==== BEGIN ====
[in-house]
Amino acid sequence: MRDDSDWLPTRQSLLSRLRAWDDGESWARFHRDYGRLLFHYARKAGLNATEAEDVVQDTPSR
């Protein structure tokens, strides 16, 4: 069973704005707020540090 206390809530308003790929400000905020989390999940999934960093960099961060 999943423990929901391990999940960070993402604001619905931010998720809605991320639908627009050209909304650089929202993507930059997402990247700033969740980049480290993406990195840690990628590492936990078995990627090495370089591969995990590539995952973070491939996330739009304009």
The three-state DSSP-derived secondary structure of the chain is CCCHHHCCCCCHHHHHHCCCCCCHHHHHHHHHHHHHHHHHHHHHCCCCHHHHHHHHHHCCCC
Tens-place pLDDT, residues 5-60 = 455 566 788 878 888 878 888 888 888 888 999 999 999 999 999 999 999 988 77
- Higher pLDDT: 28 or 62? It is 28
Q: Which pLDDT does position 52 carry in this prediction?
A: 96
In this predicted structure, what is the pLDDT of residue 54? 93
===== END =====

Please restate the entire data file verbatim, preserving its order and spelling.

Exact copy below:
[in-house]
Amino acid sequence: MRDDSDWLPTRQSLLSRLRAWDDGESWARFHRDYGRLLFHYARKAGLNATEAEDVVQDTPSR
């Protein structure tokens, strides 16, 4: 069973704005707020540090 206390809530308003790929400000905020989390999940999934960093960099961060 999943423990929901391990999940960070993402604001619905931010998720809605991320639908627009050209909304650089929202993507930059997402990247700033969740980049480290993406990195840690990628590492936990078995990627090495370089591969995990590539995952973070491939996330739009304009």
The three-state DSSP-derived secondary structure of the chain is CCCHHHCCCCCHHHHHHCCCCCCHHHHHHHHHHHHHHHHHHHHHCCCCHHHHHHHHHHCCCC
Tens-place pLDDT, residues 5-60 = 455 566 788 878 888 878 888 888 888 888 999 999 999 999 999 999 999 988 77
- Higher pLDDT: 28 or 62? It is 28
Q: Which pLDDT does position 52 carry in this prediction?
A: 96
In this predicted structure, what is the pLDDT of residue 54? 93